The Times of San Diego provides the filings and has some great reporting by Ken Stone here (including about the rabbit named Cadbury). If you enjoy their reporting, I encourage you to support the access to documents like this they provide without paywalls (federal filings themselves, while public documents, are behind paywalls). As I've written previously, a subscription to the San Diego Union-Tribune is also worth it because of this story, even though most of the big state stories are identical to the Los Angeles Times.
The court filings also lay out much of the evidence and we see the origin of the "tell the navy to go fuck themselves" message alleged in the original indictment. It was a text message exchange between Hunter and his now-former chief of staff, Joe Kasper. The exchange was over the trip Duncan, wife Margaret, and their three kids took around Italy over Thanksgiving 2015. The government lays out how the airfare, hotel, trains, and museum admission were paid for with campaign funds.
They even file photos from the trip (p. 46-58), with the kids' faces blacked out.
Hunter argues that it was for a campaign or political purpose as the couple tried to schedule a visit to the U.S. Naval base in Naples. The prosecution lays out that Margaret Hunter had made the request through Duncan's congressional office only a couple of weeks before they would land in Italy. She writes COS Kasper (p. 3):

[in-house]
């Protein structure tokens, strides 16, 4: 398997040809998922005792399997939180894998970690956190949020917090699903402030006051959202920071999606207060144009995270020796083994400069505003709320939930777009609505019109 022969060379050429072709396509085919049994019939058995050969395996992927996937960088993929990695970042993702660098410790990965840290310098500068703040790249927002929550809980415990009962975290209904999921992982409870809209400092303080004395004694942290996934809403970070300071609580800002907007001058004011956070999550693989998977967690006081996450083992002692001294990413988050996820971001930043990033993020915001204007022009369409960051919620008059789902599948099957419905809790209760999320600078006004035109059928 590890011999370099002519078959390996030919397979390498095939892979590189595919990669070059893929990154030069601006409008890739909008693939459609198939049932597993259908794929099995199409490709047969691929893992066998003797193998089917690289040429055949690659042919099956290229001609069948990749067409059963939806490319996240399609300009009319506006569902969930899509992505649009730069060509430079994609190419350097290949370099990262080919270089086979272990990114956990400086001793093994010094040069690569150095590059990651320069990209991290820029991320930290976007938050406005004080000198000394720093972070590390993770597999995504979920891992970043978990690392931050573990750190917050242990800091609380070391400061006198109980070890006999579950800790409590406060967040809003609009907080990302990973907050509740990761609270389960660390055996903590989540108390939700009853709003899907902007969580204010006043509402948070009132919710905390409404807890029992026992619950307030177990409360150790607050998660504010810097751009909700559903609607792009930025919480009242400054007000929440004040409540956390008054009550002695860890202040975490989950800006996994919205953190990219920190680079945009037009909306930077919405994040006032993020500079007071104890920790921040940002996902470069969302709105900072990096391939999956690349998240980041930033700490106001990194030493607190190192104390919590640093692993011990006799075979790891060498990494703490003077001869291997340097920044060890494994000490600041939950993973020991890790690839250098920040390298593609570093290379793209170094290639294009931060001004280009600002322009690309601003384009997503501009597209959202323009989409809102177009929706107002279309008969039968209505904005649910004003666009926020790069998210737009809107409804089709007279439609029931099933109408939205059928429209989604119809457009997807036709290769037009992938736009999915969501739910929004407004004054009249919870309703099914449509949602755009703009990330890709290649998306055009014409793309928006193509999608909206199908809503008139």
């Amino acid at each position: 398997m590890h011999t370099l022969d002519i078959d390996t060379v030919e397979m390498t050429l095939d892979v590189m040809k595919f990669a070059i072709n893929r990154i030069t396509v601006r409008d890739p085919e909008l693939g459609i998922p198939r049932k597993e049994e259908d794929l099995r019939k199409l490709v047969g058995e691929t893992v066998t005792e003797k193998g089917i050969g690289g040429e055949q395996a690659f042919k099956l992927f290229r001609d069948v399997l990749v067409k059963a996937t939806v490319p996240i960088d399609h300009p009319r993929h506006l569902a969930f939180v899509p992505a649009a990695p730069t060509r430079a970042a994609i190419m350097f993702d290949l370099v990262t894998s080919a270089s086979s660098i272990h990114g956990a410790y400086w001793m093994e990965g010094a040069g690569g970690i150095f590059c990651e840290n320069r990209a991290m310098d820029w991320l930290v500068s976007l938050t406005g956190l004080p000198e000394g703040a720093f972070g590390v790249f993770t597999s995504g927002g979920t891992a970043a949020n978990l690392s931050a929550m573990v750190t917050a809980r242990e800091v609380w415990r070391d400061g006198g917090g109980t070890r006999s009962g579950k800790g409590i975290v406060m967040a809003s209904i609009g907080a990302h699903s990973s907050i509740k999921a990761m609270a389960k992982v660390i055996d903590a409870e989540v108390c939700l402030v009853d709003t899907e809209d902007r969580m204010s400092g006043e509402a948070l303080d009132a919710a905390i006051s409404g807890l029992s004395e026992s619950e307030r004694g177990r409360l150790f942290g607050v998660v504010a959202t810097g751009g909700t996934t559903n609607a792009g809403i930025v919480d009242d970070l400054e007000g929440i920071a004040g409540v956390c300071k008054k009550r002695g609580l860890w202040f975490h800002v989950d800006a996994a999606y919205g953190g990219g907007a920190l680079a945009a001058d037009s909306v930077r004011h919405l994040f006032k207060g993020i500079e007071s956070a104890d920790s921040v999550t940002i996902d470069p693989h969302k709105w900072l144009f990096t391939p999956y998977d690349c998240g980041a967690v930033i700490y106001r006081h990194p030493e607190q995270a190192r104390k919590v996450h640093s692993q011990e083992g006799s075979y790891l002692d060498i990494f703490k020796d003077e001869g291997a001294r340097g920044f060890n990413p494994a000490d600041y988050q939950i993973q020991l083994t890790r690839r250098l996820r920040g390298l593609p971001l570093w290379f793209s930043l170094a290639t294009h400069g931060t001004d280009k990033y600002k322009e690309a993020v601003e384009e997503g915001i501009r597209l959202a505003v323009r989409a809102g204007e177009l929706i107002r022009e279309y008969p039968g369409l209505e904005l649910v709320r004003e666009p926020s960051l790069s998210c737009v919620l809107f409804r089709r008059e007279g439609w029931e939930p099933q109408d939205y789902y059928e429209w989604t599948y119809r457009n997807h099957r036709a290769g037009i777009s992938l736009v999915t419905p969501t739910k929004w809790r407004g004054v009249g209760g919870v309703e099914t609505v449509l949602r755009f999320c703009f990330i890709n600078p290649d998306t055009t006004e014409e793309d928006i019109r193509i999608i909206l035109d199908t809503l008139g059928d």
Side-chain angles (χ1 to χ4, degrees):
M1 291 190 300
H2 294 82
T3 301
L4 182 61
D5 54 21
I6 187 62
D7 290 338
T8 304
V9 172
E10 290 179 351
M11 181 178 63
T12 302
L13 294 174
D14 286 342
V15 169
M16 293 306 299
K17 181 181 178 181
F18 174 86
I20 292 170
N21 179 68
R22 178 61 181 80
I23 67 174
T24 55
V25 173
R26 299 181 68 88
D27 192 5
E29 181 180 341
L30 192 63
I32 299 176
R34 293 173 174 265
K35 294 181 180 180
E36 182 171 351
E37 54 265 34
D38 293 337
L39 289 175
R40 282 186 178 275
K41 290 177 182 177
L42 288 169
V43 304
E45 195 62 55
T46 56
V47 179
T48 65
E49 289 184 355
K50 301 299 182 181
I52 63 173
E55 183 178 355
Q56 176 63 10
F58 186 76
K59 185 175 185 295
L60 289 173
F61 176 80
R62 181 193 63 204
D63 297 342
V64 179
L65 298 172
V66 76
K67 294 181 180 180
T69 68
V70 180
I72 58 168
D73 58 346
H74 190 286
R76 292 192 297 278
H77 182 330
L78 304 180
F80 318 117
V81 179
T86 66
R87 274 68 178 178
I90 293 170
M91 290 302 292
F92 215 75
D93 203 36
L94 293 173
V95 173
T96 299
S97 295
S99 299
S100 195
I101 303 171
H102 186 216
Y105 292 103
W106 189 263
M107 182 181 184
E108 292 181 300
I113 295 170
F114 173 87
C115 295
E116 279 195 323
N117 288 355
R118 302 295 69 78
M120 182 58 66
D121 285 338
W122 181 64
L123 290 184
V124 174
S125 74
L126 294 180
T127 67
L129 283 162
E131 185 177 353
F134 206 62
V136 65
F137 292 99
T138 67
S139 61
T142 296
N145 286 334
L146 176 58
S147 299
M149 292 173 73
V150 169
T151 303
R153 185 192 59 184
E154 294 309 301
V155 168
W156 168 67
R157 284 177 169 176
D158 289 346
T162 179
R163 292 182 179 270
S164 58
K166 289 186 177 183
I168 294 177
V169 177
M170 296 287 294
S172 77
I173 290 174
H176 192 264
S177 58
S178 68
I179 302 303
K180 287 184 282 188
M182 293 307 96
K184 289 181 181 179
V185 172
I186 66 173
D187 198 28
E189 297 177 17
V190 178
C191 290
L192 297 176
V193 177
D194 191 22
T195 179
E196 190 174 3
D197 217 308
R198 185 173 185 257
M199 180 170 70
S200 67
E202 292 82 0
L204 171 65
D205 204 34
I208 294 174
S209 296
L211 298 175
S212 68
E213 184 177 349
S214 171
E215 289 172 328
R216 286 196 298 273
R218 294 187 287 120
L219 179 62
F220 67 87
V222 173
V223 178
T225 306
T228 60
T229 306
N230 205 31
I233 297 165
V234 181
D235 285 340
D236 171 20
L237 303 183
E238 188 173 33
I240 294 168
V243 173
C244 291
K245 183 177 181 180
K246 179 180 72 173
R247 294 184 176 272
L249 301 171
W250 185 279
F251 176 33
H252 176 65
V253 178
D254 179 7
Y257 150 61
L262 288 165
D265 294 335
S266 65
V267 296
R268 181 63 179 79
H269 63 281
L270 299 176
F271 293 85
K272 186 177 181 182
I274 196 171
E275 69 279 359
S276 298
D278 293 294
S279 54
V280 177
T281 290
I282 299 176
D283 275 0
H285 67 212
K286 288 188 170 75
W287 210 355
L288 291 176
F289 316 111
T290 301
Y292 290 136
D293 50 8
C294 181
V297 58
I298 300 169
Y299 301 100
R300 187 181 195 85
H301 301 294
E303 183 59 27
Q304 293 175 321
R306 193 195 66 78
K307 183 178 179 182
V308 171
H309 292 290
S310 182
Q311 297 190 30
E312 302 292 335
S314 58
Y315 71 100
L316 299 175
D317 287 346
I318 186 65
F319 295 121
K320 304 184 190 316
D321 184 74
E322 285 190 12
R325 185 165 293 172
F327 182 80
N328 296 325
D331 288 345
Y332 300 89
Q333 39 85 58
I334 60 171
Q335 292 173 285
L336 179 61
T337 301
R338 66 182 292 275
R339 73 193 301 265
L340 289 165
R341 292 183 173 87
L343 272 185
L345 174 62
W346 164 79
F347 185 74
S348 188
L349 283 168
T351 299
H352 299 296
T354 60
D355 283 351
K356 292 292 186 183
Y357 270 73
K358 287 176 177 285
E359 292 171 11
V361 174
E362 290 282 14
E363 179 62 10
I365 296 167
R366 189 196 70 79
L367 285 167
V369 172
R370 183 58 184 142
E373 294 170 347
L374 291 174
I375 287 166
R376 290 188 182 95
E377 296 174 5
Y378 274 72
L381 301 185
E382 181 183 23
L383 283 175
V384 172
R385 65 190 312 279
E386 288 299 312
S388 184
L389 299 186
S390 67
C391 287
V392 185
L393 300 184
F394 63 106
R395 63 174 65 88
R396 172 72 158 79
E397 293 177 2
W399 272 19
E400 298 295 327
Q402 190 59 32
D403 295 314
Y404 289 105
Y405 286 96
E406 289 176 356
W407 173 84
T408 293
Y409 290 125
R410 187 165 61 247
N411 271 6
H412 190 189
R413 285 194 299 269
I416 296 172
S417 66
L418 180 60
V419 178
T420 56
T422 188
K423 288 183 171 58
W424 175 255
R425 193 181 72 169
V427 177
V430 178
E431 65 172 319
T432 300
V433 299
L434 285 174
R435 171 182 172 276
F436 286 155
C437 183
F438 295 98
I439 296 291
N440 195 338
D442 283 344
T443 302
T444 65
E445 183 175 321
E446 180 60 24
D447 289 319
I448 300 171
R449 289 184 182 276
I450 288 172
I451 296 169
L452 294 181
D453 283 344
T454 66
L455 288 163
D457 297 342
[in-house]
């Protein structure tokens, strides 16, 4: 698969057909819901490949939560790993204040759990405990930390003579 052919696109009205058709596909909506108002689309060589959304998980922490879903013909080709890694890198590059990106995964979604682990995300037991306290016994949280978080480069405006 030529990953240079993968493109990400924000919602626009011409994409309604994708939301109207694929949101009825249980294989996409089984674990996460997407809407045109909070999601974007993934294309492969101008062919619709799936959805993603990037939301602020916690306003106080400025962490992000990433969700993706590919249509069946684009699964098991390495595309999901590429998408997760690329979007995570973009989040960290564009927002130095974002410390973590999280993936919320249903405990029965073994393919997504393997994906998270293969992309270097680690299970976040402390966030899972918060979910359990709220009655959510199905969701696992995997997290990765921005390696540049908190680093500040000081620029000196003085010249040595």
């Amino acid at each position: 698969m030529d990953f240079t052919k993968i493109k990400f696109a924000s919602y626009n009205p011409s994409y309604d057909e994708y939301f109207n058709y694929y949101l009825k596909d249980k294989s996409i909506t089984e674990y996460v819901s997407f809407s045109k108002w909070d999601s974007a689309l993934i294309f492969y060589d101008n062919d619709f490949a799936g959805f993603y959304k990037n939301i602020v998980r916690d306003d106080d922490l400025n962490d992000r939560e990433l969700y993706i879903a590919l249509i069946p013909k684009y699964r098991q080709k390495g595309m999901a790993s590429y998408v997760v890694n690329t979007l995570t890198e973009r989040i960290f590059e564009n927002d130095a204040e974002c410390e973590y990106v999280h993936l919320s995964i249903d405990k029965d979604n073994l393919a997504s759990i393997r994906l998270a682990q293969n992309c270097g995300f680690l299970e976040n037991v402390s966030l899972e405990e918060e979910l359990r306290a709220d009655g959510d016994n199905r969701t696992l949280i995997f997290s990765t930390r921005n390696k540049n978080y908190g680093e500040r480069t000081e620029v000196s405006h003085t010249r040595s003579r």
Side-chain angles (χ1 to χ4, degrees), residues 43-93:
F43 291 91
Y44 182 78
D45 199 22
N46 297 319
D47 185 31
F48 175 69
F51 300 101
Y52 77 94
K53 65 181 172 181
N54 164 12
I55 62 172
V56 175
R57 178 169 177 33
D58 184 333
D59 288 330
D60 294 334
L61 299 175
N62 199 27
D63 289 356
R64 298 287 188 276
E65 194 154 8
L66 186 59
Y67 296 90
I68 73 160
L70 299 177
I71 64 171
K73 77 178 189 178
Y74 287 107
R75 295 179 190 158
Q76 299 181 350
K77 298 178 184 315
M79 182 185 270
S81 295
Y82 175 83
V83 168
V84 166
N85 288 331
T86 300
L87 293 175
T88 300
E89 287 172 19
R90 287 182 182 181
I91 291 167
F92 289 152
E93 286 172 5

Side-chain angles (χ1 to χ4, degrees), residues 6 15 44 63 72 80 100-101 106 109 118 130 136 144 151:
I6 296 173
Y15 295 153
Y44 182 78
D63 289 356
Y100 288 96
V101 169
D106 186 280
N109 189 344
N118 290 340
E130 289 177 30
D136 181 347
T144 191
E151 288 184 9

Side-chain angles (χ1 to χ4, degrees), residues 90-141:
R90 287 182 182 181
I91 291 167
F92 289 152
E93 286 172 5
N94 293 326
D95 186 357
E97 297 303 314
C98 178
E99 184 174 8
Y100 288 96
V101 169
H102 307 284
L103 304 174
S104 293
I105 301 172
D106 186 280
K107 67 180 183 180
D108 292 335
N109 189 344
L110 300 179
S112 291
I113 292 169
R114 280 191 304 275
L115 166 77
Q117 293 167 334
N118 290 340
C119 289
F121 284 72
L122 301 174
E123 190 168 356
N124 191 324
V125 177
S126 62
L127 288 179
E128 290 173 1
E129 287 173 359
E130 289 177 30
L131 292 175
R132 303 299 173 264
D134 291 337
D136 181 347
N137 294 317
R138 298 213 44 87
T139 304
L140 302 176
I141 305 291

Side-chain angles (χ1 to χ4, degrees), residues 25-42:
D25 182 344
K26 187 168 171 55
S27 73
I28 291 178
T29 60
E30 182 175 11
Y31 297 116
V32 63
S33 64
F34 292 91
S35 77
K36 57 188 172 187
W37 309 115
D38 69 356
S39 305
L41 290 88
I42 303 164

"You may know we are headed to Italy over thanksgiving break. Looks like we will be in and around Naples Nov 25-26. There was a
"At the time, the Hunters were in the midst of a marital spat, and Hunter said, “I’m starting to wonder what I’m getting out of all this.” Margaret replied, “A family trip. I love you and I will make this weekend up to you[.]”
Then, when the Navy responds that they could accommodate the Hunters on the day before Thanksgiving, we get this exchange between Hunter and COS Kasper (p. 61):
Let's through German women under the bus while we're at it.
Hunter is a Marine. I'm sure that in the bars of San Diego County, language like that is commonplace daily, as it is the home of the Marines' Camp Pendleton and the second largest Naval base in the country. The two branches have long held a rivalry that ranges from jovial to the occasional broken beer mug over someone's head. But you don't expect to see it from a congressman representing both.
Of course, Hunter never thought most things that are in the prosecutors' filings would see the light of day. He's even repaid many of the Italy trip costs by selling the family house and moving his wife and kids in with his father while he bunks with women around DC--allegedly.